You can get reasonable thermal scopes for between $1K and $10K - I see them at the range fairly often. That's just one range. There's probably several thousand in the hands of hunters in AZ alone. Then throw all the serious hog hunters into the mix from places like Texas, Oklahoma, etc.., and there's a shit-ton of night vision and thermals running around out there. You're a complete fool if you don't understand this.right, everyone has thermal sights, always looks thru it, even as they walk, everyone DOES have eyes, dummies. Nighttime movement, in and of itself, is at least 10x safer than daylight movment . 1000s of rounds miss each man, even IN daylight. at night, merely dropping prone is highly likely to provide concealment, enough, at least, to let you get to real cover. Adequately protective movement is extremely tiring, slow and makes you prone to injury, cause you're dodging, changing your speed of movement, going prone a lot.
one of those things he's thought about, but never tried doing in the field under any realistic conditions. there are better solutions to this approach, and if he'd try it, he'd probably figure them out. If he doesn't already have this contraption made, he will never have it. if SHTF, he won't have the luxury of cobbling it together and welding it - or is he taking a welder in his amazing pack?If you weld the front tire into alignment with the back tire, do you pick up the bike to adjust direction every time you need to go somewhere other than in a straight line?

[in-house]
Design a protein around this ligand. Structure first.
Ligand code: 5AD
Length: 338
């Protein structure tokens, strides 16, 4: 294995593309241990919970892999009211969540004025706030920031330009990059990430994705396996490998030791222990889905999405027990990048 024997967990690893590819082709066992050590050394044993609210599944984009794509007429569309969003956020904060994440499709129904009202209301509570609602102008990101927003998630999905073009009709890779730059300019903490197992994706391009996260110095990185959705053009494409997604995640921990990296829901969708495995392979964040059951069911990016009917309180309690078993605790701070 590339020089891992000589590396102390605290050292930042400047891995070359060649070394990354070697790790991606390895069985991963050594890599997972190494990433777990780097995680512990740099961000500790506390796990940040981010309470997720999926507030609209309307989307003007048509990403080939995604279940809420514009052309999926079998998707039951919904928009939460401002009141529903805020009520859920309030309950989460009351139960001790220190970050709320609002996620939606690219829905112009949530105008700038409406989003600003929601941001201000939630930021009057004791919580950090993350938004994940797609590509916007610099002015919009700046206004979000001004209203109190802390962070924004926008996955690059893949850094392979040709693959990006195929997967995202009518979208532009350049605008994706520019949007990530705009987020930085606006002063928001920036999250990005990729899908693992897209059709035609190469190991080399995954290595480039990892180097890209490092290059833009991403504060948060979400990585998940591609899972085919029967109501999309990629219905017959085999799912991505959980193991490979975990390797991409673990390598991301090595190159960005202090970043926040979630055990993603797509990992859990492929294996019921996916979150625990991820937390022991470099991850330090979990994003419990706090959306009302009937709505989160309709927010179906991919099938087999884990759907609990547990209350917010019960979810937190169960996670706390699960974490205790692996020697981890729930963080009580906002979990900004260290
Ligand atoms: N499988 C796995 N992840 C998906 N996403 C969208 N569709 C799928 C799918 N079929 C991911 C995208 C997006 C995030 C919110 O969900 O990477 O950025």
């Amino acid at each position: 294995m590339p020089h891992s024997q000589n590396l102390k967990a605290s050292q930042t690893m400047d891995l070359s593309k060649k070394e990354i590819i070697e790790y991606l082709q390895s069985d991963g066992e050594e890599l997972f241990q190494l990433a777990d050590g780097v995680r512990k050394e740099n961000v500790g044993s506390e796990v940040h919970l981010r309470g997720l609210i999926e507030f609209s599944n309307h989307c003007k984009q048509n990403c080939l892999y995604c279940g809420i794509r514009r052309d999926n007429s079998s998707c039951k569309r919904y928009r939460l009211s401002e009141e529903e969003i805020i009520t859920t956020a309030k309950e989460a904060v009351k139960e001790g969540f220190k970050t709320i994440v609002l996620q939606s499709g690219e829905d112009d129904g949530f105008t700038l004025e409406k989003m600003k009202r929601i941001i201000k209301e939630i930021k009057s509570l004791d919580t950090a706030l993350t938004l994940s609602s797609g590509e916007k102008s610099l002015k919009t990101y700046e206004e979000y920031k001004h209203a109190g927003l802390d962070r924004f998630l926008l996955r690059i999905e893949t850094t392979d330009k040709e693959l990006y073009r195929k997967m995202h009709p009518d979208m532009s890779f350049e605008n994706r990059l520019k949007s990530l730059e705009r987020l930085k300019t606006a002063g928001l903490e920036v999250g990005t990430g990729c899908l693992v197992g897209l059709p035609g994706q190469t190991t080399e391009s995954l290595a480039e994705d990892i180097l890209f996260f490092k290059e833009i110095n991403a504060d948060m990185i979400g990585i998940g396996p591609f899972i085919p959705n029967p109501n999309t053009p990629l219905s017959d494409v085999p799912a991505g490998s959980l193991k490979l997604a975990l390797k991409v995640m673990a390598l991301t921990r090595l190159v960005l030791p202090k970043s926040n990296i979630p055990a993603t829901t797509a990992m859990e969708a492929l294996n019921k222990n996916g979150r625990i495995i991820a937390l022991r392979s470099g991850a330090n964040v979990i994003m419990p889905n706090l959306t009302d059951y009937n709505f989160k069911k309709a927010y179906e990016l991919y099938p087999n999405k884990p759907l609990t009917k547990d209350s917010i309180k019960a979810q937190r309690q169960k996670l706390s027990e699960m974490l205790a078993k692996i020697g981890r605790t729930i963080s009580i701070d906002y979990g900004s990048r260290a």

in the dark, no less. I'd pay good money to see demonstrate this under peaceful conditions, let alone when his life depends on it. He could volunteer to replenish bear bait sites for an outfitter. They tend to use 55 gallon drums with grains and such. They also tend to be in the woods. He could prove us all to be wrong. He won't (because he can't) though.Agan, seriously asking how does one navigate efficiently with a bike whose front wheel is prevented from turning left or right?